Huh?
March 28, 2014
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An Ohio substitute teacher has been banned from working at most Butler and Warren County schools after he allegedly asked his pupils for help getting rid of a very specific debt.

According to WCPO Cincinnati, substitute teacher Jay Deutsch told students at Fairfield Middle School that he was caught up in a "Nigerian phone scam" and needed them each to give him $100. Because everyone knows, if you're looking for big bucks, it's most likely in the saggy pants pocket of a seventh grader.

When he wasn't begging children for money, Deutsch also allegedly told a female student "in a creepy way" that she was beautiful.

After students complained about Deutsch to a teacher, she listened in on his next class and found his comments odd. Administrators were notified, and Deutsch was asked to leave the school. Parents did not hear about the incident until a student's father asked for more information; Principal Kristilynn Turney defended the decision to keep things quiet, writing, "While we agree that this situation was extreme, we did not feel it warranted a mass communication because it only affected a very small population of students on the team." --Catherine Garcia

Watch WCPO's report:

Coming Soon
8:47 a.m. ET
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At the U.S. Capitol next Tuesday, New York City Mayor Bill de Blasio will unveil the "Progressive Agenda to Combat Income Inequality," his answer to the "Contract with America."

Politico reports that the 13-point "Progressive Agenda" includes ideas from economist Joseph Stiglitz and other progressive leaders, including activists as well as elected officials. More than 60 people have signed on to the agenda, ranging from senators to national labor leaders to actors Steve Buscemi and Susan Sarandon. De Blasio discussed the ideas with progressives during a meeting at Gracie Mansion on April 2.

According to Politico, the agenda will include a universal pre-kindergarten program, as well as a $15 minimum wage and paid family leave. The agenda will also reportedly include "tax fairness" proposals to increase carried interest taxes. Meghan DeMaria

Noted
8:13 a.m. ET
CC by: Wally Gobetz

On Wednesday, the Vatican announced that, as Pope Francis had suggested four months ago, Rev. Junipero Serra will be canonized, at a ceremony on Sept. 23 while the pope is visiting Washington, D.C. Over the weekend, Francis celebrated a mass in honor of the 18th century Franciscan missionary at the U.S. seminary in Rome, after an academic conference on Serra's controversial legacy in California.

Serra, born Majorca in 1713, gave up his life as a professor of theology to become a missionary to the New World. He walked almost the entire length of California, establishing 21 missions. Many Native Americans view Serra negatively, accusing him of forcibly converting Indians and exposing them to deadly European diseases. The Catholic Church describes Serra as a protector of Indians who, along with bringing Christianity to the U.S. West, gave the indigenous Californians an education. Peter Weber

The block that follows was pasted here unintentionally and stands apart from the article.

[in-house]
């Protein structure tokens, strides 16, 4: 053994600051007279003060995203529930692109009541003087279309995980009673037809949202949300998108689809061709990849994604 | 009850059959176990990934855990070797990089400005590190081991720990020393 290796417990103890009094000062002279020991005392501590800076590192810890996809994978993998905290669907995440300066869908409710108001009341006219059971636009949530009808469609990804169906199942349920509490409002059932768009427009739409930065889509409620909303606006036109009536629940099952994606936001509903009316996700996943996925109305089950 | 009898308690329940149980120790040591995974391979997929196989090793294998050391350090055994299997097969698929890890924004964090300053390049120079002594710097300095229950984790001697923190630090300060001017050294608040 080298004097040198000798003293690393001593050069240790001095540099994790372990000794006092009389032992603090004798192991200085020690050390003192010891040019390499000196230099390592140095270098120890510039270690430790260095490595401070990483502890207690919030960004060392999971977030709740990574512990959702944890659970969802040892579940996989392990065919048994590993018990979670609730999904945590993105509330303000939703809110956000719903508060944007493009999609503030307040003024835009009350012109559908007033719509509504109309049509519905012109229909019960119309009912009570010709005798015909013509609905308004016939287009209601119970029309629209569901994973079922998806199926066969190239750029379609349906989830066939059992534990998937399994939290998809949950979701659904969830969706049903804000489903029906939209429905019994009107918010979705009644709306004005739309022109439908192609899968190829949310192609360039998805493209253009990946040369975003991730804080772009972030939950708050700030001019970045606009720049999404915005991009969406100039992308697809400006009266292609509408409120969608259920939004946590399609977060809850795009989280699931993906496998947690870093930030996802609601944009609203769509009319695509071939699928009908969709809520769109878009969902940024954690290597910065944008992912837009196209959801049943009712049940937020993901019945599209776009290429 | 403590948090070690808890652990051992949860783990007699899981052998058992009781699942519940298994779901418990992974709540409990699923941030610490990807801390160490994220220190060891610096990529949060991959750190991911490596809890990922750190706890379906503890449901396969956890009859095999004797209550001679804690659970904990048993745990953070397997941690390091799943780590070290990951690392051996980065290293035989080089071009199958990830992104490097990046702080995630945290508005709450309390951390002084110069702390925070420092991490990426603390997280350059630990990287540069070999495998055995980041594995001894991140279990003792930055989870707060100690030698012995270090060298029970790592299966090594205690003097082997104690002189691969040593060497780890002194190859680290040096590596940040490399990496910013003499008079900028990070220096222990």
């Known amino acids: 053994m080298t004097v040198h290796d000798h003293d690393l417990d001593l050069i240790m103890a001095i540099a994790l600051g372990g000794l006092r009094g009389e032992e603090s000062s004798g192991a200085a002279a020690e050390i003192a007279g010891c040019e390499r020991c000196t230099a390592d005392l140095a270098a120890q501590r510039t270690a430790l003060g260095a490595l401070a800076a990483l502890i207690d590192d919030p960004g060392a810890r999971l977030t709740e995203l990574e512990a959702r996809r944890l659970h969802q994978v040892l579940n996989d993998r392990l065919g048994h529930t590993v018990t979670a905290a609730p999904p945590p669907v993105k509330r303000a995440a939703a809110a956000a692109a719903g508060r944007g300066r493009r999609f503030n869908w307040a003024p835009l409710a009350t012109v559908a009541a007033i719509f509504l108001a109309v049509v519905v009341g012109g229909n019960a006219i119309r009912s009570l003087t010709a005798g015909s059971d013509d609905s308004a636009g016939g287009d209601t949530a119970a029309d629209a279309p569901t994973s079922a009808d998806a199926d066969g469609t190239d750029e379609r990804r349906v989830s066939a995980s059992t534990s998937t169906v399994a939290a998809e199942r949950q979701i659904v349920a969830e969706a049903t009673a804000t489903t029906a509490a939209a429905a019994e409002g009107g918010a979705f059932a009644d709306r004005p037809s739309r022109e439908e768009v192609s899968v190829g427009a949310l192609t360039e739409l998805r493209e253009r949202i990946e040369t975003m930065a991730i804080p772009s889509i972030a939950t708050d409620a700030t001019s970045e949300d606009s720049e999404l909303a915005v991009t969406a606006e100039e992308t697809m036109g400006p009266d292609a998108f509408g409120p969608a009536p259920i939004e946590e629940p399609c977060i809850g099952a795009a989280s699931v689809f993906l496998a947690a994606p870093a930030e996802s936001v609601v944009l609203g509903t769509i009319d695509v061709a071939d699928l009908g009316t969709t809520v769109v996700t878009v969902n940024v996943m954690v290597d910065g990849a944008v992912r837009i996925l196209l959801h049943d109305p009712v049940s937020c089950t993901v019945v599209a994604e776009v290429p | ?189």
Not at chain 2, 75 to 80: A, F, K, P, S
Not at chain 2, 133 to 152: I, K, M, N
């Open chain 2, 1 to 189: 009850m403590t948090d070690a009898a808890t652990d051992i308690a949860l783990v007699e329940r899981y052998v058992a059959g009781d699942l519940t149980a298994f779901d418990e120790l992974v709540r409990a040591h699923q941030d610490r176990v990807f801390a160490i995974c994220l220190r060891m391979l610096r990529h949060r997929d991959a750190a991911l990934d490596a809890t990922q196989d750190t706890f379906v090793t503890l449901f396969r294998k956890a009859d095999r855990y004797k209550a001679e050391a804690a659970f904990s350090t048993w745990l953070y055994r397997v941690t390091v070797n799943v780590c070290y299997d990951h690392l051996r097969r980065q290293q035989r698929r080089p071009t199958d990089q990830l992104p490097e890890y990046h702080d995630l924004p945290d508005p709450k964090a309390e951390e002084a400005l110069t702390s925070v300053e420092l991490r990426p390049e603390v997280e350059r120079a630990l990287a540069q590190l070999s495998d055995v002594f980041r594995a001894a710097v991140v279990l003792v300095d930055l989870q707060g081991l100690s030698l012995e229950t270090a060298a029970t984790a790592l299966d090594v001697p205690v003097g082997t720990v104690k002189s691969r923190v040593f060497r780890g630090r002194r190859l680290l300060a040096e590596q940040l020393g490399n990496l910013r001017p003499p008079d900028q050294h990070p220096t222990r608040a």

2016 Watch
7:57 a.m. ET
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A Quinnipiac University poll released Wednesday shows Wisconsin Gov. Scott Walker in the lead for the GOP's 2016 presidential nomination — and former Florida Gov. Jeb Bush in a distant seventh place.

Only 5 percent of Iowa Republicans said that they would vote for Bush if the caucus were held the day of the poll. Twenty-one percent of respondents, meanwhile, said they would vote for Scott Walker.

Other candidates who fared better than Bush in the poll include Florida Sen. Marco Rubio (13 percent), Kentucky Sen. Rand Paul (13 percent), Texas Sen. Ted Cruz (12 percent), and former Arkansas Gov. Mike Huckabee (11 percent).

Forty-five percent of respondents indicated that Bush is "not conservative enough," and only 39 percent of respondents indicated they had "favorable" opinions of Bush. The phone survey was conducted from April 25 to May 4 and included 667 likely participants in Iowa's Republican caucus.  Meghan DeMaria

Upsets
6:32 a.m. ET
CC by: Dave Cournoyer

The CBC calls Tuesday's provincial elections in Alberta a "massive shock that turns Canadian politics on its head." When the ruling Progressive Conservative government called the election a year ago, the party had 70 of the Alberta legislature's 87 seats, and in December the Progressive Conservatives celebrated 43 years in control of Alberta, a record for any party in any Canadian province.